2. ‘Consumer-Choice Health Plan: Inflation and Inequality in Health Care Today: Alternatives for Cost Control and an Analysis of Proposals for National Health Insurance’ and ‘Consumer-Choice Health Plan: A National-Health-Insurance Proposal Based on Regulated Competition in the Private Sector’, New England Journal of Medicine, 298 (12 and 13), 1978, 650–58 and 709–20

3. ‘Shattuck Lecture – Cutting Cost Without Cutting the Quality of Care’, New England Journal of Medicine, 298, June 1, 1978, 1229–38

4. ‘Consumer-centered vs. Job-centered Health Insurance’, Harvard Business Review, 57 (1), 1979, 38–49

5. ‘A New Proposal to Reform the Tax Treatment of Health Insurance’, Health Affairs, 3 (1), 1984, 21–39

6. ‘Managed Competition in Health Care and the Unfinished Agenda’, Health Care Financing Review, Annual Supplement, 1986, 105–19

7. ‘Effective Management of Competition in the FEHBP’, Health Affairs, 8 (3), 1989, 33–50

8. ‘What Can Europeans Learn from Americans?’, Health Care Financing Review, Annual Supplement, 1989, 49–63

9. ‘Internal Market Reform of the British National Health Service’, Health Affairs, 10 (3), 1991, 60–70

10. ‘Quality Management in the NHS: The Doctor’s Role – I and II’, BMJ: British Medical Journal, 304 (6821 and 6822), 1992, 235–39 and 304–8 (with D.M. Berwick and J.P. Bunker)

11. ‘The History and Principles of Managed Competition’, Health Affairs, 12 (Supplement 1), 1993, 24–48

12. ‘In Pursuit of an Improving National Health Service’, Health Affairs, 19 (3), 2000, 102–19

13. ‘Modernising the NHS: A Promising Start, but Fundamental Reform is Needed’, BMJ: British Medical Journal, 320, 13 May 2000, 1329–31

14. ‘Employment-Based Health Insurance is Failing: Now What?’, Health Affairs Web Exclusive, http://content.healthaffairs.org/content/early/2003/05/28/hlthaff.w3.237.citation, 28 May 2003, w3-237–49

15. ‘Clinically Integrated Health Care in the English NHS’, Journal of Health Services Research & Policy, 14 (2), 2009, 65–7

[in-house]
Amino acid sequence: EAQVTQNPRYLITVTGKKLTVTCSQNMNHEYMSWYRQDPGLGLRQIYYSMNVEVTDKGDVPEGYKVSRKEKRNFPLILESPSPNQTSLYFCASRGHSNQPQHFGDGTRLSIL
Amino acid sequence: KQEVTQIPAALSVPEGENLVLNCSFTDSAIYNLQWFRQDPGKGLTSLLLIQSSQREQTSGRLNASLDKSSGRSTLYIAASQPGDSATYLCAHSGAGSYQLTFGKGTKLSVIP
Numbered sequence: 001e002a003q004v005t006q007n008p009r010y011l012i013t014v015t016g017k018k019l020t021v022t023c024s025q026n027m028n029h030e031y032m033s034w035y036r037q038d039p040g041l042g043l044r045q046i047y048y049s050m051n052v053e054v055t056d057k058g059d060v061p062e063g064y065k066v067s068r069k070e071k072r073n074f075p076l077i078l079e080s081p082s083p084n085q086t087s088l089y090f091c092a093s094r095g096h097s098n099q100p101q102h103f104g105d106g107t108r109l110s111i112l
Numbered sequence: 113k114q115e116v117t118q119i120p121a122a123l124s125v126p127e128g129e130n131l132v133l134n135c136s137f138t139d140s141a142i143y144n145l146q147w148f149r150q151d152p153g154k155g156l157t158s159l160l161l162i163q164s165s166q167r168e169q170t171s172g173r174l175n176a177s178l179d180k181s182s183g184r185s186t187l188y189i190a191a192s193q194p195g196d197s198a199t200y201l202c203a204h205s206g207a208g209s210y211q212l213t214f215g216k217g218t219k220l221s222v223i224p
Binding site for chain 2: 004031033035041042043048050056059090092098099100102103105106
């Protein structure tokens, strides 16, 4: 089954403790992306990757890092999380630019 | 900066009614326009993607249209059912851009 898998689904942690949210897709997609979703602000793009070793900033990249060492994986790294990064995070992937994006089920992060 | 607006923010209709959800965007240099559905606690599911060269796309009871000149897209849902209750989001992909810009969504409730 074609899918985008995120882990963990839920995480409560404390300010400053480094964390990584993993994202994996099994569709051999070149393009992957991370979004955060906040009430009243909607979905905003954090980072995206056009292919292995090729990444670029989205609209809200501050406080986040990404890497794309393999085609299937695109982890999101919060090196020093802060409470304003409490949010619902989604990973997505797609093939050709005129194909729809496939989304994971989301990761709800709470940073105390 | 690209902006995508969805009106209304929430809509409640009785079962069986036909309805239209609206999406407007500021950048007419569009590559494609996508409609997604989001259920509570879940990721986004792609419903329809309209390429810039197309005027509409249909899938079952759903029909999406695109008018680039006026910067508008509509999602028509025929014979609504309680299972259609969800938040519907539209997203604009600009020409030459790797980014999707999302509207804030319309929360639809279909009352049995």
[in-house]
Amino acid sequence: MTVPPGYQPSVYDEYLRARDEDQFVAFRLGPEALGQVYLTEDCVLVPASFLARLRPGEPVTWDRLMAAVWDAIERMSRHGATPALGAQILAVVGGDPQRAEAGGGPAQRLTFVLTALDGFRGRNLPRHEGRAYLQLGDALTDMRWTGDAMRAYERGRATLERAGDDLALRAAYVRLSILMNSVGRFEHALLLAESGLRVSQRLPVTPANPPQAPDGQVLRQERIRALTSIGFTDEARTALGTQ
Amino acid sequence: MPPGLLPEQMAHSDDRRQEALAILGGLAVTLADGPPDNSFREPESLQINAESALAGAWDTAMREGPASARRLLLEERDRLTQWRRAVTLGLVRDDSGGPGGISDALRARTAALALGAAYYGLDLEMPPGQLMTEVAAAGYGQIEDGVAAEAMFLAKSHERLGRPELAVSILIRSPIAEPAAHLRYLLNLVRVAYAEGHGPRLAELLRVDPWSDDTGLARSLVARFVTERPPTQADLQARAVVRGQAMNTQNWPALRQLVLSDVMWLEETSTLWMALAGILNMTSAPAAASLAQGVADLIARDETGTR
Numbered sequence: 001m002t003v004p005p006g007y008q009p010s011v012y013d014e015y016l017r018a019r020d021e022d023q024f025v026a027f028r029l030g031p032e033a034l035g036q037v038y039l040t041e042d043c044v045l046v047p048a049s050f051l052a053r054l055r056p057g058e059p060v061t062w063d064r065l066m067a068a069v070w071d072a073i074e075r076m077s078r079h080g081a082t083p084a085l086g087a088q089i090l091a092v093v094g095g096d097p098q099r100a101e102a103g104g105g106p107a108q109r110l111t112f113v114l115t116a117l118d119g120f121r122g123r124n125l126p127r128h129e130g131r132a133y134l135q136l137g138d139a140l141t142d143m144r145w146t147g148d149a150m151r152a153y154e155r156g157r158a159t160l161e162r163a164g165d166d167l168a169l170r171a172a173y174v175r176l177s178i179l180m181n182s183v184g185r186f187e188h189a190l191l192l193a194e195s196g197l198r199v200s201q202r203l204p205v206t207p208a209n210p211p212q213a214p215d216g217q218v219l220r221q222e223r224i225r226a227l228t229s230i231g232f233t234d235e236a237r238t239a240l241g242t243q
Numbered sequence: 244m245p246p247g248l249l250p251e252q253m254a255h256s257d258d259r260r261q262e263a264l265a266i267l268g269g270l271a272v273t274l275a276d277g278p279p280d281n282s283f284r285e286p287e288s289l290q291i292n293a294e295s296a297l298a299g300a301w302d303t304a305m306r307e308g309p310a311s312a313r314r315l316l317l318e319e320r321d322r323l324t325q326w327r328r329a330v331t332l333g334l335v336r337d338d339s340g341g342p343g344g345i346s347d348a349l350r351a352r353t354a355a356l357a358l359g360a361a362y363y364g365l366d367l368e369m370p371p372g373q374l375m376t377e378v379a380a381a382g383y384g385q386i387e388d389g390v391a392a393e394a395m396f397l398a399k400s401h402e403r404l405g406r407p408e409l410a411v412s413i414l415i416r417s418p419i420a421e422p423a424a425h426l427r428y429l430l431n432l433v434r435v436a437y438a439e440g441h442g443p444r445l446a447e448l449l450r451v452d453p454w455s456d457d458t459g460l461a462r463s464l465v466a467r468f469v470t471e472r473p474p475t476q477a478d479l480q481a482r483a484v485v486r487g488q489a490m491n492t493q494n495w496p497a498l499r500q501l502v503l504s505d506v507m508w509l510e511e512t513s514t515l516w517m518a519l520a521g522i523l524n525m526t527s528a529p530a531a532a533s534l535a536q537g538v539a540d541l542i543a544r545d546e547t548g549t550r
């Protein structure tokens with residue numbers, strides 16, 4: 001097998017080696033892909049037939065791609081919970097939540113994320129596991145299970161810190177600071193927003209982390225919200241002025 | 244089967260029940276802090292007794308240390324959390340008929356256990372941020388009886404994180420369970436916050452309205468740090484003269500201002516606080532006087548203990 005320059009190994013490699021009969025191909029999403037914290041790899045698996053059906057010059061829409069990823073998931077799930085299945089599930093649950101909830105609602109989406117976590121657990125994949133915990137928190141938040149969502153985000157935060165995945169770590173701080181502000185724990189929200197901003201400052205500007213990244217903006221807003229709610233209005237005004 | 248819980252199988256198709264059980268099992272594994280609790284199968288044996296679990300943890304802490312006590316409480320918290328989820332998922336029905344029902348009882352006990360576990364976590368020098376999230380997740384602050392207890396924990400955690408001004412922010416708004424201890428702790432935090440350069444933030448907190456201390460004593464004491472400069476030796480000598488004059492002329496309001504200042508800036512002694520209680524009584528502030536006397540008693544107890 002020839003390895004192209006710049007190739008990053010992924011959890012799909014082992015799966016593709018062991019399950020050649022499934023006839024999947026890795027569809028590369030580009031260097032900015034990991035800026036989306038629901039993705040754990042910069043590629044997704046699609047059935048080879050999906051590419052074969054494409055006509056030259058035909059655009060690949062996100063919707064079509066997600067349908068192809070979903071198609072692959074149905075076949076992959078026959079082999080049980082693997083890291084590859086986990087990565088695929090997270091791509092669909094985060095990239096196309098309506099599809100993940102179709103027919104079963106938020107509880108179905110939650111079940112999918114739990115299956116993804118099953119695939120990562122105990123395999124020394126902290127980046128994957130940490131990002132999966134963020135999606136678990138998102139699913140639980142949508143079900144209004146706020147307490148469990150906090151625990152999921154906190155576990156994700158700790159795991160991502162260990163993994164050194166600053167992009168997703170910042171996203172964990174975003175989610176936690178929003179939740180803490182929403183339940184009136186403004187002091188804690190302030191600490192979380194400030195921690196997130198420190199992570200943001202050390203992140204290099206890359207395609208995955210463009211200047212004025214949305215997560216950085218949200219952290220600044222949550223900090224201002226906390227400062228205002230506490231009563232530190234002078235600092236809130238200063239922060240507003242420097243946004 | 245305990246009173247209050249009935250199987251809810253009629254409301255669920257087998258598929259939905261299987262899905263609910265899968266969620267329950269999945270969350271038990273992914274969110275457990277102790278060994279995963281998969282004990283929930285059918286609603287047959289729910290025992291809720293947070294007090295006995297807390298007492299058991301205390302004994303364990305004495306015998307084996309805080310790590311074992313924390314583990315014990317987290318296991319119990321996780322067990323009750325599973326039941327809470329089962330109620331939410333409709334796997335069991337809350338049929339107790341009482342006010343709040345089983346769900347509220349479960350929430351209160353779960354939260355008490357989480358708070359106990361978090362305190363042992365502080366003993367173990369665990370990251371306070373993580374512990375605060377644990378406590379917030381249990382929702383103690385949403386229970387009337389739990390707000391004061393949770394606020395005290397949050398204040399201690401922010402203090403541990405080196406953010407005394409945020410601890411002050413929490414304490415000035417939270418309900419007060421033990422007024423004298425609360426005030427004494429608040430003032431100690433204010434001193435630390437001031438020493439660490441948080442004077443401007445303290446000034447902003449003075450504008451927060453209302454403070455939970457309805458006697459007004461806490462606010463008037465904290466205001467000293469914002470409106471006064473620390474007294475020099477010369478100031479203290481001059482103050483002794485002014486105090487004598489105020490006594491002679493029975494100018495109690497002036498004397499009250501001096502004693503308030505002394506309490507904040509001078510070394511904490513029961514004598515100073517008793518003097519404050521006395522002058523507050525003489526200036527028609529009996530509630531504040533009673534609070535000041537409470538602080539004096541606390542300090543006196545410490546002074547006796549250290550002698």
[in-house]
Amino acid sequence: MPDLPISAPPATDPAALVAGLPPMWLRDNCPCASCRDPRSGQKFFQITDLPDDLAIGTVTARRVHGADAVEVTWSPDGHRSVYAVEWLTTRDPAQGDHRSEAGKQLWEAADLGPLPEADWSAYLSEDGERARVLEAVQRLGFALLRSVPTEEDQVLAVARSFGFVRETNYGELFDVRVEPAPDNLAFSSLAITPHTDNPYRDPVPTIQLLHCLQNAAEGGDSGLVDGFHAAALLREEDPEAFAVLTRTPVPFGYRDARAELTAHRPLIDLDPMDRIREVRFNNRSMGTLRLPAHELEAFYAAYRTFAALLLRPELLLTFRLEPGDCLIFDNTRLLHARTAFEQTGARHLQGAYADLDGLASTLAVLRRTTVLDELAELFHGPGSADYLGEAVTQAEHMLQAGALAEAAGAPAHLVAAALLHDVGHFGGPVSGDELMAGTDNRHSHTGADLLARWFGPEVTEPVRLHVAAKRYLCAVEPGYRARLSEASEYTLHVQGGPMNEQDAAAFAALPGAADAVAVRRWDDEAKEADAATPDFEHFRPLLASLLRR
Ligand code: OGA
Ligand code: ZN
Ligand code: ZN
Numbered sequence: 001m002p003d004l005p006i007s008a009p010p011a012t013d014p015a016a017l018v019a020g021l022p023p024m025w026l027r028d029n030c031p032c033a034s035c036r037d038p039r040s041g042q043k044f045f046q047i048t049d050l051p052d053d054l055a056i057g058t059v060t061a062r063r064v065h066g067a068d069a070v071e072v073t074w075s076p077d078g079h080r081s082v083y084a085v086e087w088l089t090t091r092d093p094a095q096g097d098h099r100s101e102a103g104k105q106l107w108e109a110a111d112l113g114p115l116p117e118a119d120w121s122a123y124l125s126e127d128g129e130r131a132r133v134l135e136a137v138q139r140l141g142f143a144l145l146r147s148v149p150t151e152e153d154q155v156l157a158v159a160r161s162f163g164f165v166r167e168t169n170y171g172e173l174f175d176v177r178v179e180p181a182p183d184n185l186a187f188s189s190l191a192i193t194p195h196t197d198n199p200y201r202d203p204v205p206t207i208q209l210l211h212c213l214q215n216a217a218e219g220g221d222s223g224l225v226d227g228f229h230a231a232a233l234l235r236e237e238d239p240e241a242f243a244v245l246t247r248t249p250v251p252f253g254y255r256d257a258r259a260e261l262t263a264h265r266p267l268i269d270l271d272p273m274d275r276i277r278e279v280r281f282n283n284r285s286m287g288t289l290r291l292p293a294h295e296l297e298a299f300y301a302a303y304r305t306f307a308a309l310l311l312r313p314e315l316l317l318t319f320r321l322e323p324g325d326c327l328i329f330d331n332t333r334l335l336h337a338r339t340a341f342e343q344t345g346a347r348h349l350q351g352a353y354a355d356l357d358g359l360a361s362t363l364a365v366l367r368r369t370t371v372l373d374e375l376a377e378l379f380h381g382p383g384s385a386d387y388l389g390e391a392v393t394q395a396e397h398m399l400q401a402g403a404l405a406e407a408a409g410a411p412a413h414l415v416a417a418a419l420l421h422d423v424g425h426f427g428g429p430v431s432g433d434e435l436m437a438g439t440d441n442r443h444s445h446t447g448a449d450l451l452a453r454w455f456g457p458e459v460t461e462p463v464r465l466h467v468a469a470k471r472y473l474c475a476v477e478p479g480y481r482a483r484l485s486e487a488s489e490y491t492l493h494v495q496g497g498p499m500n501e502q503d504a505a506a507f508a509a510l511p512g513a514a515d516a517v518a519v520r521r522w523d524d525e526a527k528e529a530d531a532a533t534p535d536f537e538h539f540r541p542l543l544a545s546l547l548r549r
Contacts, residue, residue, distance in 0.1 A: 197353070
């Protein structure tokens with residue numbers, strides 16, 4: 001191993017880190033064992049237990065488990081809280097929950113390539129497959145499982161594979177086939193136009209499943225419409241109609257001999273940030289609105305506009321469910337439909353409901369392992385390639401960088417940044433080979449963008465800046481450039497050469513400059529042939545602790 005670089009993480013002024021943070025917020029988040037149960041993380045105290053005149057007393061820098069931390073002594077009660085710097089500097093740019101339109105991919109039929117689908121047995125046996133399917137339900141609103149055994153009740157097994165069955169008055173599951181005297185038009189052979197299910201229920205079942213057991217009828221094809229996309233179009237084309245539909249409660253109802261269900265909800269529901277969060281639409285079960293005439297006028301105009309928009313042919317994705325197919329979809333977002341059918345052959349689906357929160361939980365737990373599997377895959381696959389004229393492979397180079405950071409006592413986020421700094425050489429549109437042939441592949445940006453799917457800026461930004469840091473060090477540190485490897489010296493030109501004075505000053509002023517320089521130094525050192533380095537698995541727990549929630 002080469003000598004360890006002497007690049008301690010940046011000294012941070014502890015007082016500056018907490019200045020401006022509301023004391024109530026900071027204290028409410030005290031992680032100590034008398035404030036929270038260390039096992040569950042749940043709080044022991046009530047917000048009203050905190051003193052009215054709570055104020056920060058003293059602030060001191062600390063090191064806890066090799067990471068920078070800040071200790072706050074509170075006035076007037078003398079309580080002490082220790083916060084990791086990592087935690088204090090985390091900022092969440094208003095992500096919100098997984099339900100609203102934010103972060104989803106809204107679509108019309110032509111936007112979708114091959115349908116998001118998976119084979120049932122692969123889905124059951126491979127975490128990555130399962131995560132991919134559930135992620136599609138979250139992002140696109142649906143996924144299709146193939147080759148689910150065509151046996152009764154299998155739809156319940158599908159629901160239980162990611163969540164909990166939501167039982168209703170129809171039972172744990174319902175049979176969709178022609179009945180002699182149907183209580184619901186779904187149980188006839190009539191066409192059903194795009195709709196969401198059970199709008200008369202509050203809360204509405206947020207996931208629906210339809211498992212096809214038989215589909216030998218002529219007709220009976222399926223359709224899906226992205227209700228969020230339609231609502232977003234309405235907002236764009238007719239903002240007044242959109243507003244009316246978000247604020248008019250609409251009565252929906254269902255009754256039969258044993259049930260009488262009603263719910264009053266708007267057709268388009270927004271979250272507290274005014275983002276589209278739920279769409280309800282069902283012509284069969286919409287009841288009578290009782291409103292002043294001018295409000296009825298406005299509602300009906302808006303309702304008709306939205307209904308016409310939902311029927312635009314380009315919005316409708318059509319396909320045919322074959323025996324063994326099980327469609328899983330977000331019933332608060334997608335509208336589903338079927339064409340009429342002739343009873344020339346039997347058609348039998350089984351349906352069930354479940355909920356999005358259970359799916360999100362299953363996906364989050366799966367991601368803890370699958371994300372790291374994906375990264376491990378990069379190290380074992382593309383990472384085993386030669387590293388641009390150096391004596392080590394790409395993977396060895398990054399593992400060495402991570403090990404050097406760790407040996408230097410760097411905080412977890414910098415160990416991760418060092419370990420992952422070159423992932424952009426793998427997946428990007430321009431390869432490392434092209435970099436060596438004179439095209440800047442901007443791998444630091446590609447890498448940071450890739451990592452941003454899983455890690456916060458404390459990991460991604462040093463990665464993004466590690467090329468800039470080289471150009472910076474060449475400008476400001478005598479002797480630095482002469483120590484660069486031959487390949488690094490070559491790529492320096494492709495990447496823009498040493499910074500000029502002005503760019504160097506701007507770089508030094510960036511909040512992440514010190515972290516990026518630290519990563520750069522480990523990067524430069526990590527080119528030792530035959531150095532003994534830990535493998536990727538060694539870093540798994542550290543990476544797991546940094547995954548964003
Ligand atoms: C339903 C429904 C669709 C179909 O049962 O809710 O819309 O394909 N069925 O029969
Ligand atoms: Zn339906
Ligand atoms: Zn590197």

16. ‘Going Dutch – Managed-Competition Health Insurance in the Netherlands’, New England Journal of Medicine, 357 (24), 2007, 2421–3 (with Wynand P.M.M. van de Ven)

17. ‘A Living Model of Managed Competition: A Conversation with Dutch Health Minister Ab Klink’, Health Affairs, 27 (3), 2008, w196–203

18. ‘Consumer Choice of Health Plan: Connecting Insurers and Providers in Systems’, Keynote Address for the Dutch/Flemish Association of Health Economists (VGE), Annual Conference at Erasmus University, Rotterdam, November 30, 2006, 1–16

19. ‘Competition in Health Care: It Takes Systems to Pursue Quality and Efficiency’, Health Affairs, Web Exclusive, http://content.healthaffairs.org/content/early/2005/09/07/hlthaff.w5.420.citation, 7 September 2005 w5-420–33 (with Laura A. Tollen)

20. ‘“Redefining Health Care”: Medical Homes or Archipelagos to Navigate?’, Health Affairs, 26 (5), 2007, 1366–72 (with Francis J. Crosson and Stephen M. Shortell)

21. ‘The U.S. Experience with Managed Care and Managed Competition’, in Jane Sneddon Little (ed.), Wanting It All: The Challenge of Reforming the U.S. Health Care System, 2005, 97–117

22. ‘Curing Fragmentation with Integrated Delivery Systems: What They Do, What Has Blocked Them, Why We Need Them, and How to Get There from Here?’, in Einer Elhauge (ed.), The Fragmentation of U.S. Health Care: Causes and Solutions, 2010, 61–85